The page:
What You Need to Know About High Cholesterol
What Is Cholesterol?
Cholesterol is a dense, fatty substance found in every cell of your body.
Produced by your liver, cholesterol is essential to many life-sustaining functions. ItР’В helps your body makeР’В hormonesР’В andР’В vitamin D, and it’s also found in compounds РІР‚вЂќ such as bile РІР‚вЂќ that your body creates to help you digest food.
Cholesterol circulates throughout your bloodstream in small bundles called lipoproteins. The interior of these bundles is composed of fat, while proteins form the exterior wall.
What Are the Different Types of Cholesterol?
There are two main categories of cholesterol in the blood:
Low-density lipoprotein (LDL):Р’В Considered cholesterol’s “bad” form, LDL enables cholesterol to create deposits (plaque) that build up and harden on the walls of blood vessels РІР‚вЂќ a condition calledР’В atherosclerosisР’В (commonly known as “hardening of the arteries”).
When this happens in the coronary arteries (the arteries that serve your heart), it reduces your heart’s supply of oxygen-rich blood. This serious condition, calledР’В coronary artery disease, can cause heart attacks and even death.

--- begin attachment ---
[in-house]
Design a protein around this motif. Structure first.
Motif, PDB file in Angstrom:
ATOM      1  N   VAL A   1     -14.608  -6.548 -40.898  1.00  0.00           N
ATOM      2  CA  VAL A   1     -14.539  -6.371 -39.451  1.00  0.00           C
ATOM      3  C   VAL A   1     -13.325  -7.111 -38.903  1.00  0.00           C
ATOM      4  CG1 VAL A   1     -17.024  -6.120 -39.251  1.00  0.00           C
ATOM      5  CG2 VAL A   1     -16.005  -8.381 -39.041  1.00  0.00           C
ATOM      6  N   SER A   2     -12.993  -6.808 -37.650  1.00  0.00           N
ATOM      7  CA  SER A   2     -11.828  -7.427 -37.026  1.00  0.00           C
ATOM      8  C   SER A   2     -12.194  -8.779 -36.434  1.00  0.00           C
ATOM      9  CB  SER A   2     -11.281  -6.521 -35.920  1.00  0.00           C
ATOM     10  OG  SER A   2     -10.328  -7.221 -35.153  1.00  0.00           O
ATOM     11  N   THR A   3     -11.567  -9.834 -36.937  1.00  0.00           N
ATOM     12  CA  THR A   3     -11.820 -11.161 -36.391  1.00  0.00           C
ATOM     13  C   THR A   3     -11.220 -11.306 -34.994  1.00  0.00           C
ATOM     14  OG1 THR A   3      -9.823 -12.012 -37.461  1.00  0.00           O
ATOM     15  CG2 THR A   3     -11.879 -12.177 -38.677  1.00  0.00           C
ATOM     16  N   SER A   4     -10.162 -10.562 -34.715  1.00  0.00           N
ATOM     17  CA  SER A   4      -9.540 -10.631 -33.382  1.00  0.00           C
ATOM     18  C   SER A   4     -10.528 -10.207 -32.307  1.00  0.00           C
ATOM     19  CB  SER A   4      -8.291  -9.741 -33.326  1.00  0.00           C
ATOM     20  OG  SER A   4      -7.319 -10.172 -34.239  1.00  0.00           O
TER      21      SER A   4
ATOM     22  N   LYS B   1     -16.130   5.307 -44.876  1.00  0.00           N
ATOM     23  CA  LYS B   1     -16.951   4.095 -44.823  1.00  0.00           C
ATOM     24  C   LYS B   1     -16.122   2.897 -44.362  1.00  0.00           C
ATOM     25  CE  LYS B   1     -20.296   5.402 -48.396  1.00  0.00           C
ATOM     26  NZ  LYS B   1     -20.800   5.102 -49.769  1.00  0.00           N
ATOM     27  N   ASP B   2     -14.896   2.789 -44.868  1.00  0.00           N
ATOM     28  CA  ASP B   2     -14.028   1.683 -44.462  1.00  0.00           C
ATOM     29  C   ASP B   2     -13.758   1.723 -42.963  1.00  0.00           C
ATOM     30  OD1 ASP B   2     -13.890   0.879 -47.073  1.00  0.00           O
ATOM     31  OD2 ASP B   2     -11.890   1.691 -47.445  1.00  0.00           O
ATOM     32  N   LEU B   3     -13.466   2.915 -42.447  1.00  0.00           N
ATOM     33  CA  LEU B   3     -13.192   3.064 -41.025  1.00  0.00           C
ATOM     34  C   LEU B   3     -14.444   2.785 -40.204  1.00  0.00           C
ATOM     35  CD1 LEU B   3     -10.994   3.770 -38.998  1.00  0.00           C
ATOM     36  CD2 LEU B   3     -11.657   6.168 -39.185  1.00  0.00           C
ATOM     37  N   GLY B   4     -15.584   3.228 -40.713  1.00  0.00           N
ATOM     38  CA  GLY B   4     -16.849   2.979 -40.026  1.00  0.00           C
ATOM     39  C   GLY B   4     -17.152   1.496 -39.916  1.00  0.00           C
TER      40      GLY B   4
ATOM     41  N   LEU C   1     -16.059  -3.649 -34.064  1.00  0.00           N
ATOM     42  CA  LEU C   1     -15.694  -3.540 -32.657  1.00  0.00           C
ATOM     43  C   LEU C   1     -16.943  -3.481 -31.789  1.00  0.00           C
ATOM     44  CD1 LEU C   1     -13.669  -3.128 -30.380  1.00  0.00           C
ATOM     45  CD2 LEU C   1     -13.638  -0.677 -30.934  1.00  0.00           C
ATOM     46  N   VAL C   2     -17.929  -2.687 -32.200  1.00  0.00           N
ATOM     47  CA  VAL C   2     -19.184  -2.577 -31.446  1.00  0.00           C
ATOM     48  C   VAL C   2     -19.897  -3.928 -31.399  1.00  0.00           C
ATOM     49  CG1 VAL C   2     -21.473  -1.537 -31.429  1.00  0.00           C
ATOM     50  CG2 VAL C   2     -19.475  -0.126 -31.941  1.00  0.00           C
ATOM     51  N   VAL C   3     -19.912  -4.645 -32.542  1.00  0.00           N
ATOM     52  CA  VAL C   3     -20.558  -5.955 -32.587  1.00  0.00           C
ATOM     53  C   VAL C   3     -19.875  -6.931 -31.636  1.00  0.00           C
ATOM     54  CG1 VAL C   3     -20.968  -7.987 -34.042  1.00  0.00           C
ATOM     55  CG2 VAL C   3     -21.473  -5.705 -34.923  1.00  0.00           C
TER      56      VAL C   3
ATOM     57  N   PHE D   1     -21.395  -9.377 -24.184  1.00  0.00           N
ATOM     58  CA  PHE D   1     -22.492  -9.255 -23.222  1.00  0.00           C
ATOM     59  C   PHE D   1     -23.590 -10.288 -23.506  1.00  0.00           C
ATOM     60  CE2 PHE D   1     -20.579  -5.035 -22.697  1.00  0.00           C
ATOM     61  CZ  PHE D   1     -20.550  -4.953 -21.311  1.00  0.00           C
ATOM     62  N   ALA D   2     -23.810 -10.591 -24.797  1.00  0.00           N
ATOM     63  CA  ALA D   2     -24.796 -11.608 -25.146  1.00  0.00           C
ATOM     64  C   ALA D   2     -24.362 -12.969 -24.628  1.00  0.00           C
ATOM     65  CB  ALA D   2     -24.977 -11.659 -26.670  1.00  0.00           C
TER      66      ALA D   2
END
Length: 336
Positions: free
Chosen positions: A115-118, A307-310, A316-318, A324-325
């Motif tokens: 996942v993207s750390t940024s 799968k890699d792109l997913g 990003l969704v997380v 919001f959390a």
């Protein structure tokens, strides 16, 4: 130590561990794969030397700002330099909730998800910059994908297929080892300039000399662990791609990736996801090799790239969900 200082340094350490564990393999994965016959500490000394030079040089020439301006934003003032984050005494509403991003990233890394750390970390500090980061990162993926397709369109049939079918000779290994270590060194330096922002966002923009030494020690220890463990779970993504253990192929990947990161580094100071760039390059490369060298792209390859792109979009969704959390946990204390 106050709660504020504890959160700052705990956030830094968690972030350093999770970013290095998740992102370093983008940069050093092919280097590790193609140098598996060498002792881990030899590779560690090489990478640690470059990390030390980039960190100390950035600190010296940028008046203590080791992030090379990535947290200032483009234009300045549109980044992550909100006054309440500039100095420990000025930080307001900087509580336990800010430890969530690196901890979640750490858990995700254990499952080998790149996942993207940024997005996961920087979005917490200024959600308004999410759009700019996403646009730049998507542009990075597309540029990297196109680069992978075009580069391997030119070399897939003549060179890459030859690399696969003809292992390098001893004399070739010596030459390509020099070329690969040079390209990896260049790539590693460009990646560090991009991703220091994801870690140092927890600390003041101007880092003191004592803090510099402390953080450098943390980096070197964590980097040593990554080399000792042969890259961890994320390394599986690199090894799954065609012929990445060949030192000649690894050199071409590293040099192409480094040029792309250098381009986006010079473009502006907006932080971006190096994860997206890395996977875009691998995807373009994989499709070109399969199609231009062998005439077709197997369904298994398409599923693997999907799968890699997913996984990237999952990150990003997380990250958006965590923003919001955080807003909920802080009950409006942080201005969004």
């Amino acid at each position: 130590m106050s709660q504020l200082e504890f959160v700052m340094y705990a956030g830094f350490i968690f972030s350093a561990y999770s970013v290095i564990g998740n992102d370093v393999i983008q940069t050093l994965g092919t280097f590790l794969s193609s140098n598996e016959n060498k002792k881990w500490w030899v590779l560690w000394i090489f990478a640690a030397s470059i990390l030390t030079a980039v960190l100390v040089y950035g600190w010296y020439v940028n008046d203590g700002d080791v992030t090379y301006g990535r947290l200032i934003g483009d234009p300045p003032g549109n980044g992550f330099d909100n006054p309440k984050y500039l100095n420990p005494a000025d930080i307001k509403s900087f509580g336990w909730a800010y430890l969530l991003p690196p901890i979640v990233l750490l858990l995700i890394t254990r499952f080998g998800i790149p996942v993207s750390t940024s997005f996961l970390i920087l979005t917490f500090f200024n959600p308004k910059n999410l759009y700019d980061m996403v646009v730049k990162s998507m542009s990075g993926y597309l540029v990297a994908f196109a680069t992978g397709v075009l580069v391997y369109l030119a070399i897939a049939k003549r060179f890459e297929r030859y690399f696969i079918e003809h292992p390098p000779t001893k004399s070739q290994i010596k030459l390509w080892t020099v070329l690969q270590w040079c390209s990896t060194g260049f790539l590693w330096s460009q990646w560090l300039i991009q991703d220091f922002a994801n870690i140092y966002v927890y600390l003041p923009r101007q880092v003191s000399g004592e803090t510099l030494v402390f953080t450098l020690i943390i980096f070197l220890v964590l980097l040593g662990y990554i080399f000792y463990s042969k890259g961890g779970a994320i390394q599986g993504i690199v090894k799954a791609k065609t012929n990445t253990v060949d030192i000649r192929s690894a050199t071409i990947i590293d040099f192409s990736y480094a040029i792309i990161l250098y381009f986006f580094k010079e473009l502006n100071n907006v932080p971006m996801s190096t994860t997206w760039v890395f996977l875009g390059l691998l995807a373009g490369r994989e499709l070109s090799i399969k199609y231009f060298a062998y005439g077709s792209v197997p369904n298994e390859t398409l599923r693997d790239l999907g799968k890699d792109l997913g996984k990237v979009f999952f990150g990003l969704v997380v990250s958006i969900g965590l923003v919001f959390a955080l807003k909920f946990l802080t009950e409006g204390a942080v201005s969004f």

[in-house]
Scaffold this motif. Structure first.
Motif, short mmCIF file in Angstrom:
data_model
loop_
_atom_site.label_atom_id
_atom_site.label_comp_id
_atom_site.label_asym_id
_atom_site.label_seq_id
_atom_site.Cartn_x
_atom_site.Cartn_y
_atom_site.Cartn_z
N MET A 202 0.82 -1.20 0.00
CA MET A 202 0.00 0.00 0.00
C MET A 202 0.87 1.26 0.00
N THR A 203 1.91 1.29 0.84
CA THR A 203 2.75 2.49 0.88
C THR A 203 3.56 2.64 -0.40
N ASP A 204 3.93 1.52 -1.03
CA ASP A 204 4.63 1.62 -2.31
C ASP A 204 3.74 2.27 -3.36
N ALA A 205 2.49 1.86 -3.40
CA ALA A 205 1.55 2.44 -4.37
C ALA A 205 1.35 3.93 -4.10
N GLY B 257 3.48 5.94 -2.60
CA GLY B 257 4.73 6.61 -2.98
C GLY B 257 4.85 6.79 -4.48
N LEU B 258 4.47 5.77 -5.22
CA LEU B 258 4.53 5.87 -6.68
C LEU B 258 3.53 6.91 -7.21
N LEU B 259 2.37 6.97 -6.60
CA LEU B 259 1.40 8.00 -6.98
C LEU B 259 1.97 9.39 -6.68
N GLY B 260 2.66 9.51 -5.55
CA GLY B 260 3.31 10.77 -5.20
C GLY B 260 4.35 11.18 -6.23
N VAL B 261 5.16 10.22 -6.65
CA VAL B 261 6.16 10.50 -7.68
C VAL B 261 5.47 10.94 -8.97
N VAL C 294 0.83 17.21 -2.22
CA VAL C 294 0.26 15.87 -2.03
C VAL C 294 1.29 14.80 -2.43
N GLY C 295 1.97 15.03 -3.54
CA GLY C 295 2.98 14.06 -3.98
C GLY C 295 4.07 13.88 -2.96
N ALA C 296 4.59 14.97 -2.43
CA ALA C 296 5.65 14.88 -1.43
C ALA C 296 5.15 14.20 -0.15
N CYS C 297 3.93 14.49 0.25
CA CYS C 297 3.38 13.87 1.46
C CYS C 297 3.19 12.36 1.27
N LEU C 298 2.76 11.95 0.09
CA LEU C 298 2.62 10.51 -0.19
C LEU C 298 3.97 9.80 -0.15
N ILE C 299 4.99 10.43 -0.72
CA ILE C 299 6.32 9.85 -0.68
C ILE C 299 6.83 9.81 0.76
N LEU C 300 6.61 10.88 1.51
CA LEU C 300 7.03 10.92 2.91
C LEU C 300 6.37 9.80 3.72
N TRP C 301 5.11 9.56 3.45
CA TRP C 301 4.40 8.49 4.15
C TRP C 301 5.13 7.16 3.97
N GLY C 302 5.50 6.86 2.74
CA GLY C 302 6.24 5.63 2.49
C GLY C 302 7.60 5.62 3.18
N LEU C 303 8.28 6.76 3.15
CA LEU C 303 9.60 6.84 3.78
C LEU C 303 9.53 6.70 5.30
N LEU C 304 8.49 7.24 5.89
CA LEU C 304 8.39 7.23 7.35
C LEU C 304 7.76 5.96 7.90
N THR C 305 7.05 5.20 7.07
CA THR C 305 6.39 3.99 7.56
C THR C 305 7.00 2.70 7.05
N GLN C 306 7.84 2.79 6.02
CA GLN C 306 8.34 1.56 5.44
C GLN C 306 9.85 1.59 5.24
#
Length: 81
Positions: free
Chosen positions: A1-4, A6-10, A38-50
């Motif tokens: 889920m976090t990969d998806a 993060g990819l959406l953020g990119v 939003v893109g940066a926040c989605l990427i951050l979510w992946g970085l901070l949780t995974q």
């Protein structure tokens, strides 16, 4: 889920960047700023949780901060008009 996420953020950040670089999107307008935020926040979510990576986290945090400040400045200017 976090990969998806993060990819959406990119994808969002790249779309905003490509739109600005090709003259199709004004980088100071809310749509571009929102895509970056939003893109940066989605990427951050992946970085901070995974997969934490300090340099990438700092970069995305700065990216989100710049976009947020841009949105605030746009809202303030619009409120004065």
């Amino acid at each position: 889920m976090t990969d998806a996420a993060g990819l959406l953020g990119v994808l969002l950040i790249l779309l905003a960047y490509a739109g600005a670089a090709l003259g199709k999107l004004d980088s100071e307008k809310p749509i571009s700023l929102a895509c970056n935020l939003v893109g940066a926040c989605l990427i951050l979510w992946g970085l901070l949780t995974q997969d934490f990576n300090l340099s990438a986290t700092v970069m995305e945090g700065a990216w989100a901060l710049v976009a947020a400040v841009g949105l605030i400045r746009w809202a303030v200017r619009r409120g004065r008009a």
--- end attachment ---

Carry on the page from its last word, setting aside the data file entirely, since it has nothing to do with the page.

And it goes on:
Plaques can also form on the arteries that supply blood to your brain, abdomen, arms, and legs, leading to a higher risk ofР’В stroke, intestinal damage, and peripheral arterial disease.
High-density lipoprotein (HDL):Р’В HDL is the “good” kind of cholesterol, because it helps reduce LDL levels.
The role of HDL is to transportР’В LDL cholesterol to your liver, which removes it from your blood.
Facts and Statistics About Cholesterol
According to theР’В Centers for Disease Control and Prevention, 73.5 million adults in the United States РІР‚вЂќ 31.7 percent of the population РІР‚вЂќ have high levels of LDL cholesterol.
Fewer than one in three adults (29.5 percent) withР’В high LDL cholesterolР’В have the condition under control.
Less than half (48.1 percent) of adults with high LDL cholesterol are getting treatment to lower it, the CDC notes.
High cholesterol becomes more common as people age. Decade by decade, your cholesterol can edge upward:
- In their twenties, 22 percent of people have high cholesterol.
- In their thirties, 38 percent of people have high cholesterol.
- In their forties, 50 percent of people have high cholesterol.
- In their fifties, 62 percent of people have high cholesterol.
Article By: Quinn Phillips